It is also the case that we need to pass Build Back Better. I mean, we are talking about tens of billions of dollars for NYCHA [New York City Housing Authority] in particular, and — you know, which is going to be felt in the district and places like Campos Plaza, where I visited, and Red Hook House — it’s the single, or the second largest, NYCHA housing development in all of New York City, and obviously the largest in the borough of Brooklyn.

We also, through Build Back Better, are going to create 300,000 additional Section 8 housing vouchers. That’s deeply personal for me, as someone who grew up in Section 8 housing, and who’s housing insecure. I’m also proud to co-sponsor a bill called the Homes for All Act.

It’s ambitious. It would create an additional $9.5 million in affordable housing units throughout the country. And I’m running to fight to bring as many of those units to Lower Manhattan and to Brooklyn.

[The Homes for All Act would invest $800 billion to build 8.5 million new public housing units, and $200 billion for 3.5 million permanent affordable housing projects.]

Jyoti Thottam: Thanks. So on democracy, which you mentioned, what do you think Democrats should be doing to protect democracy and secure voting rights?

I think they should pass a bill that I co-authored. And we did pass it through the House, where we do the lion’s share of the people’s work in Congress. It’s a bill called the Freedom to Vote: John R. Lewis Act.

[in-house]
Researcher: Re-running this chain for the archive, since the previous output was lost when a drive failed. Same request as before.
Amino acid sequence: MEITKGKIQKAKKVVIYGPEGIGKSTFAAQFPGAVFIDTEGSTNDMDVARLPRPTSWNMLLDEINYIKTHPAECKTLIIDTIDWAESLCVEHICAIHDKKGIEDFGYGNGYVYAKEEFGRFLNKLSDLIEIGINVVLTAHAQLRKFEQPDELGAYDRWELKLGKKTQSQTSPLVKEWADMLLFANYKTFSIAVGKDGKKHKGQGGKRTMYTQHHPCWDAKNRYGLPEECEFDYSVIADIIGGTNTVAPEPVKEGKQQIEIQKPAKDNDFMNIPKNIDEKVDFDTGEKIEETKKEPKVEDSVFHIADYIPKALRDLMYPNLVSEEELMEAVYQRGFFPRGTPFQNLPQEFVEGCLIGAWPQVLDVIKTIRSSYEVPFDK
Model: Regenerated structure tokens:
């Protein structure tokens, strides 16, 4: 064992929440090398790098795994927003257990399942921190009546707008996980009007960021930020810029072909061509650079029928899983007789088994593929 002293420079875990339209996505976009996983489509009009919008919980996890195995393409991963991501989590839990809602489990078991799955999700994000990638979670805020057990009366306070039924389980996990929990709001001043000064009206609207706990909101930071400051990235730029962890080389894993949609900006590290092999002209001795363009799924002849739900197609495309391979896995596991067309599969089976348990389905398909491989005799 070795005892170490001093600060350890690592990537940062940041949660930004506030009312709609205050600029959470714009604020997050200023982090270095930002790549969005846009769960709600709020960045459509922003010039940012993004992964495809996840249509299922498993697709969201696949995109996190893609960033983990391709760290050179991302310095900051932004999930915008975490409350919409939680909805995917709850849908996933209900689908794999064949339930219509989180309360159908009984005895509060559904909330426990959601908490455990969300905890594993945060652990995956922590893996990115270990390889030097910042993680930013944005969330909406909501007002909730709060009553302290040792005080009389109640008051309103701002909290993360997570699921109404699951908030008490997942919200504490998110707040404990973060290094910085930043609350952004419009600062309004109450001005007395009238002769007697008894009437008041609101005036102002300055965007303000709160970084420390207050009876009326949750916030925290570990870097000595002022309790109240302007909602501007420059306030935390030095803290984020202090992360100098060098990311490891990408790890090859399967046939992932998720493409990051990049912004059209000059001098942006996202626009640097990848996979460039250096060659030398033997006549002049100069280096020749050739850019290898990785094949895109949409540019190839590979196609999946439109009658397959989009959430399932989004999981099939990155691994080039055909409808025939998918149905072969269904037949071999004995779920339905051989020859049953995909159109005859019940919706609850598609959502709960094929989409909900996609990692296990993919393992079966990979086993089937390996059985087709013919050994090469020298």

I’ve authored key provisions of that legislation, from the Right to Vote Act, which would finally enshrine the right to vote under federal statutory law — right now, it’s just been interpreted narrowly by an increasingly right-wing Supreme Court. It also contains my bill called the Inclusive Elections Act, which responds to a Supreme Court decision issued in July of last year, called Brnovich v. D.N.C., which guts the clear intent of Congress, the original meaning of Section 2, which we amended to further clarify, even in the early 1980s.

We also have to pick up, I would submit — and I think, as everyone understands — just two more Democratic senators. We came just two votes shy of strengthening our democracy through passing the Freedom to Vote: John R. Lewis Act. We couldn’t get those two to support an exception to the filibuster, simply to save American democracy.

It’s an embarrassment. And if that were happening in any other country, we would look very unfavorably on that. That is what I think history will record, more than anything this year, how we responded to the threat of fascism, which is represented by the modern-day Republican Party.

Can I also say something else on democracy? And I know that there are plenty of other questions. The Supreme Court has been an accomplice this entire time. The wave of racist voter suppression that we are currently experiencing has been unleashed in decision after decision, starting with Shelby v. Holder in 2013.

That’s how you get state laws in places like Georgia and Arizona and Texas and Florida, long before it became popular. And certainly, my colleagues on the Democratic side scoffed at me. I introduced legislation to add four seats to the Supreme Court.